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Keyboard Shortcuts on Macintosh Computers - What Works and What Doesn't

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If you have used a Windows computer your whole life and you've finally decided to take the plunge to the "ultimate PC upgrade" - a Mac, you'll probably catch yourself worrying as soon as you open the box and take out your gleaming new Mac, about whether you really know how to use your new purchase. Some things are the same on the Mac - like clicking on something to open it. Try to go in a little deeper, like using a program to send an e-mail, and everything seems to work differently. For instance, switching between different open windows on the PC, you just have to press Ctrl + Windows Key + Tab to activate the Flip 3D function. One reason this won't work on Macintosh computers is that there is no Windows key. You'll have to learn all-new keyboard shortcuts to make your way around a Mac. Let's look at a list of some of the most useful keyboard shortcuts you can use on Macintosh computers.
The Macintosh has something called a Command Key. In a curious way, the icon for it does look something like the Windows logo. Roughly speaking, it performs a function that's analogous to the one performed by the Control key in Windows. If you press Command C, that's Copy, Command V is to paste.
How about that move where you need to flip between all open programs? On Macintosh computers, you use the Command-Tab function for it. If you have three or four browser windows open, this is not the shortcut that will help you switch among them. The Command-Tab combination only helps you flip among different programs, and not different windows of the same program. For that, you need to use the Command-Tilde function. Things just work slightly differently on Macintosh computers. Before long, all of this will be second nature.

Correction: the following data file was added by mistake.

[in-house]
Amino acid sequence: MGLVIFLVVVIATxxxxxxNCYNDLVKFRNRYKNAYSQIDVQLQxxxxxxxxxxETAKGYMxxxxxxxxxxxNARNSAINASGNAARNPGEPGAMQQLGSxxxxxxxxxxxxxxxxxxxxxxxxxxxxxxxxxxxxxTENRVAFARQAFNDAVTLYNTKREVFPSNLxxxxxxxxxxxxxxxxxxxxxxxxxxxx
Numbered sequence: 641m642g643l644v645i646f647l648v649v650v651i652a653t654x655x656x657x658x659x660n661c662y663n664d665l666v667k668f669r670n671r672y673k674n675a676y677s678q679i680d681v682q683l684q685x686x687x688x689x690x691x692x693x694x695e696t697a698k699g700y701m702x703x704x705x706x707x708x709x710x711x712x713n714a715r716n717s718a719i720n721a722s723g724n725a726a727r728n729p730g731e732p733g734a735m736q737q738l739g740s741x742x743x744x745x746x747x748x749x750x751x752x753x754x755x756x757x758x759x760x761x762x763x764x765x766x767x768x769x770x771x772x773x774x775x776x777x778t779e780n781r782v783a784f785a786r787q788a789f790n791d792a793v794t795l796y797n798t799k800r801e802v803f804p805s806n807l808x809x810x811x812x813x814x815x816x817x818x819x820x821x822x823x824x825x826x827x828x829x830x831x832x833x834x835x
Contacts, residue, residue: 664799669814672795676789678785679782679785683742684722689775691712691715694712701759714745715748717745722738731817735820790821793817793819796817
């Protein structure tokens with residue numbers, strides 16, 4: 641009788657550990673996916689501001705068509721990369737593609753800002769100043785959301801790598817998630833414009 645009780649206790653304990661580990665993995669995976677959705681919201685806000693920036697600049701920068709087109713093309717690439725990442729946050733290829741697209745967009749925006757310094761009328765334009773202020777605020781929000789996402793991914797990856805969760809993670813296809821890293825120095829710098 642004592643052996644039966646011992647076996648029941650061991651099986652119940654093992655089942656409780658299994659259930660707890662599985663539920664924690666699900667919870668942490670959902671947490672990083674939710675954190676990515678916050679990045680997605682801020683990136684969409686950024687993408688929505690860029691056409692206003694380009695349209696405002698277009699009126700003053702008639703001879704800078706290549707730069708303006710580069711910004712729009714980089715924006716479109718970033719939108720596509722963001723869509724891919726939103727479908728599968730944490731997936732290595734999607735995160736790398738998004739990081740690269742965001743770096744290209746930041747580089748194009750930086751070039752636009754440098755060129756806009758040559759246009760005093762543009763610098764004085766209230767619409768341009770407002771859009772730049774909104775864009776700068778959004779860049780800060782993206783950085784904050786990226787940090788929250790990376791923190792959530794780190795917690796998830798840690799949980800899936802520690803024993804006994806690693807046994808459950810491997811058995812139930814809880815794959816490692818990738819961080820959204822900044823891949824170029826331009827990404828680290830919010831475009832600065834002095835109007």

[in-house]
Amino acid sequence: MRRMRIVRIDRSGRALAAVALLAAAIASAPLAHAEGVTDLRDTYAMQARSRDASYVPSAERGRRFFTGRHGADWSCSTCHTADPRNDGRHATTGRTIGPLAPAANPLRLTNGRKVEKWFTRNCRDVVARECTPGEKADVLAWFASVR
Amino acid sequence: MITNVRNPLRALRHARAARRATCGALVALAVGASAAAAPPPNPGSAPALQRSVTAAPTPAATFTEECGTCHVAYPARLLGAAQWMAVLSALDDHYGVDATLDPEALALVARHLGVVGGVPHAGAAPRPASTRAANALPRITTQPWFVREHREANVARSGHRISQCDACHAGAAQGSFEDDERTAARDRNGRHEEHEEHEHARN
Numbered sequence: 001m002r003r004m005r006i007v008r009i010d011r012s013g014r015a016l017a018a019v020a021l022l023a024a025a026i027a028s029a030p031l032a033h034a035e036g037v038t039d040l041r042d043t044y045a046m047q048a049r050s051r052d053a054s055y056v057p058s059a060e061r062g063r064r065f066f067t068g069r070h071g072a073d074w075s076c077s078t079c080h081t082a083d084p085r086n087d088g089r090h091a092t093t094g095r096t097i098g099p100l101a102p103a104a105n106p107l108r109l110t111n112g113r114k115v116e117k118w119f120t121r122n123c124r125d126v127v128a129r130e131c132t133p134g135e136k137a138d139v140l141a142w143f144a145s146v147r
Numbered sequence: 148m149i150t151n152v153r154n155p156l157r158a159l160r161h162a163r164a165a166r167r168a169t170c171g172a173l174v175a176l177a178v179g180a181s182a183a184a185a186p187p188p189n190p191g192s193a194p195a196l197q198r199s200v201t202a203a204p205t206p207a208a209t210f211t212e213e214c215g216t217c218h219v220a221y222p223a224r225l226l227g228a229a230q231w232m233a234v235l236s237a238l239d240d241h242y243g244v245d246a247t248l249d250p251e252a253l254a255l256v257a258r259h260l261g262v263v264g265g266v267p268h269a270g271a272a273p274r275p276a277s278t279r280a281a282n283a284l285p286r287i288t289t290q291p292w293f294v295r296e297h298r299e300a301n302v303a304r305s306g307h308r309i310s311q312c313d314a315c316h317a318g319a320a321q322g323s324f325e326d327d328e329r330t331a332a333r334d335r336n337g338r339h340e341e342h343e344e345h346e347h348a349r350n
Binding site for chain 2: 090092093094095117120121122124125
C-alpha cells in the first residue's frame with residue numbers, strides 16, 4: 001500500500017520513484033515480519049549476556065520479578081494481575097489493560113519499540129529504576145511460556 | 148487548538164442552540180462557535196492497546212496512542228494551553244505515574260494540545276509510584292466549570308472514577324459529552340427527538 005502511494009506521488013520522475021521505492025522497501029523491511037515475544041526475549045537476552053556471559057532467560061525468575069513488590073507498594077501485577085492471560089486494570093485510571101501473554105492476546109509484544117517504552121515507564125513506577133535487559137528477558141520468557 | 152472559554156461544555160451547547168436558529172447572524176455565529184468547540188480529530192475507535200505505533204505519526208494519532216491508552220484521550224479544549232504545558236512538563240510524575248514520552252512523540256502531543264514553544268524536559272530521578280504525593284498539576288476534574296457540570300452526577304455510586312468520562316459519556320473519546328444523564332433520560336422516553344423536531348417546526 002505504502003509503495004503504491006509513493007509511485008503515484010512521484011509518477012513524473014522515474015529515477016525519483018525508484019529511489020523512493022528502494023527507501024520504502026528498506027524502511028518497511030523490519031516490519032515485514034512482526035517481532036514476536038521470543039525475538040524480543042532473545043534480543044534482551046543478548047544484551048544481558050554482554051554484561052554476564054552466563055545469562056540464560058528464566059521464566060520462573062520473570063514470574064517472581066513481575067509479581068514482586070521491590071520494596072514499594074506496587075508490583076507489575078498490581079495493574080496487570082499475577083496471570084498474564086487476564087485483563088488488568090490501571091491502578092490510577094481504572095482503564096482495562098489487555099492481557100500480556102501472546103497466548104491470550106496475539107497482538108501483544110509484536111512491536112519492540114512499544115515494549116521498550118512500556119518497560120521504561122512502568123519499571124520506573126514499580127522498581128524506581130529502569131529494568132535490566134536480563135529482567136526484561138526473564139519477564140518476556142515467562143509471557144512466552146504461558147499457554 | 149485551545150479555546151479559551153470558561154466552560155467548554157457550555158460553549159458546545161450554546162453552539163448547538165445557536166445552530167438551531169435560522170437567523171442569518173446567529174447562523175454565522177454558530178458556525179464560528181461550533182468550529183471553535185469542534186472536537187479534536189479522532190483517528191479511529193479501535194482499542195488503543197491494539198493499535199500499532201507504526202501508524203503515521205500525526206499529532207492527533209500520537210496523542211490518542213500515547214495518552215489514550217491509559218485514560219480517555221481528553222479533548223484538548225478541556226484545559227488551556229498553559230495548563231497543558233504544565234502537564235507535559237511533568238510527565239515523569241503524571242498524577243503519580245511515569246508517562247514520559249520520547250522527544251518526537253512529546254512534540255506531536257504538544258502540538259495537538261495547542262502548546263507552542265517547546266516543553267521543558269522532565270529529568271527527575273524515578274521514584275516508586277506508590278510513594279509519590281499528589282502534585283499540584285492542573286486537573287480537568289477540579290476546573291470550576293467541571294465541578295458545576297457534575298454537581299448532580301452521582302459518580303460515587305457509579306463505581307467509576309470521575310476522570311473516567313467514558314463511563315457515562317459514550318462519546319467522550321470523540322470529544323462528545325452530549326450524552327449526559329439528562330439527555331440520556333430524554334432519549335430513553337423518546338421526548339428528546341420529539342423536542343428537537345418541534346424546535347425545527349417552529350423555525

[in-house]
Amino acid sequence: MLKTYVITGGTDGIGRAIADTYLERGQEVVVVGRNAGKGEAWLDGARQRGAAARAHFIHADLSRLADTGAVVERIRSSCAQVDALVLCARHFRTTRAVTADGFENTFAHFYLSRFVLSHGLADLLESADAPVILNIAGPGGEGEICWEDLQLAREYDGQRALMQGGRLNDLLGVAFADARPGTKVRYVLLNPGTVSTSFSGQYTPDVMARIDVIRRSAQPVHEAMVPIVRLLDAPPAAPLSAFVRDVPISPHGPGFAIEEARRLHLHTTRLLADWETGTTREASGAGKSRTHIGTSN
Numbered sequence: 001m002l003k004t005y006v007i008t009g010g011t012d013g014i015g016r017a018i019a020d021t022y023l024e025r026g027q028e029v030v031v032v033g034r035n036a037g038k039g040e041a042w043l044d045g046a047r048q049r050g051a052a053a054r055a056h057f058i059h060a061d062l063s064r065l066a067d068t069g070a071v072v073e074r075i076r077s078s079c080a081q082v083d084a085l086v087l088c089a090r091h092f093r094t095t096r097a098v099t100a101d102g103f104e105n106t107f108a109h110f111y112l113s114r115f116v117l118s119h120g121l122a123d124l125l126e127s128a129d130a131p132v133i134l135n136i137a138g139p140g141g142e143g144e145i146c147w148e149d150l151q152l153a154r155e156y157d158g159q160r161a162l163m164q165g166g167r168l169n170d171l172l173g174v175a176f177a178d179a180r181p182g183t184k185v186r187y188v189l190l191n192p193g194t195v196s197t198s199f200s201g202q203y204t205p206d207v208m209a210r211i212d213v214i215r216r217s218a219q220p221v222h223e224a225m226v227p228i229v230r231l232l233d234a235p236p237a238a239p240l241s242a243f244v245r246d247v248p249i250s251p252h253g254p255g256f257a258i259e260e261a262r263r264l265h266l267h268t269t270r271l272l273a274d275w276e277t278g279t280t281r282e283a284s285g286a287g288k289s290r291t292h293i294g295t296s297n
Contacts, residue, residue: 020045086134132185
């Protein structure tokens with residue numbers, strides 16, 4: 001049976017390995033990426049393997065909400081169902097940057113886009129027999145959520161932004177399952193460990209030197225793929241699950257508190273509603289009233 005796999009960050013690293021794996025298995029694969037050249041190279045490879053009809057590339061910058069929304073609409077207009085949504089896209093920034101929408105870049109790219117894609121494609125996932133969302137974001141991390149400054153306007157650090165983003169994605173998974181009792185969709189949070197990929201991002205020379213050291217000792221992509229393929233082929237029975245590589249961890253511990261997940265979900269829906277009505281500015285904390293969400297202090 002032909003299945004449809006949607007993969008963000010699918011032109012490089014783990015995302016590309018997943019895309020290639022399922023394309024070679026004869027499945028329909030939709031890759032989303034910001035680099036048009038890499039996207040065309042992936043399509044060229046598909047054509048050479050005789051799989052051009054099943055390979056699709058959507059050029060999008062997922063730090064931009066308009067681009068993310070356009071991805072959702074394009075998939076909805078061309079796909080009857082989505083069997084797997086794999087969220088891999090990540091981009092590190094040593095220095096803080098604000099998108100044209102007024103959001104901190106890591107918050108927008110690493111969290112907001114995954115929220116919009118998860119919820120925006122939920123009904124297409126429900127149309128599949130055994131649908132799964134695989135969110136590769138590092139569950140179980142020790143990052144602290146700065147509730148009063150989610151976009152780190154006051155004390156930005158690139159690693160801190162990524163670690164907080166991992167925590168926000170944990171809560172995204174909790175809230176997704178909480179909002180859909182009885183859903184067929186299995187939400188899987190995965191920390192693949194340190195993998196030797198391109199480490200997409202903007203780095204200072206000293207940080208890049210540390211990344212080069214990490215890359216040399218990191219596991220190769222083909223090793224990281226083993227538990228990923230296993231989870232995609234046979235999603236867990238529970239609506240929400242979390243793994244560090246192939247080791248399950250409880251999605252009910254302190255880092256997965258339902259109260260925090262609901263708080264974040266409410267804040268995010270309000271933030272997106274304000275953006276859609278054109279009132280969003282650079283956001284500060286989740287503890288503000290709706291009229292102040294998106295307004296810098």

There are keyboard shortcuts you can use to close a window that's open. On Windows computers Alt+F4 would be what does the trick for you. Apple computers feel that Command Q would be a much more sensible key combination. There is little wrinkle that they add to it though. Command Q only closes all instances of a program. If you just want to close the one window that the focus is on, you need to use Command W.
On a browser for the Macintosh, you don't use the term Address Bar for the field in the browser where you type in the URL of the website. They call it the Location Bar. To go to the Location Bar, Command L would be what you need. If you type in Command K., you're taken directly to the search box that's next to the location bar.
Macintosh computers can be really intuitive. Before long, you should be whizzing along with these keyboard shortcuts.
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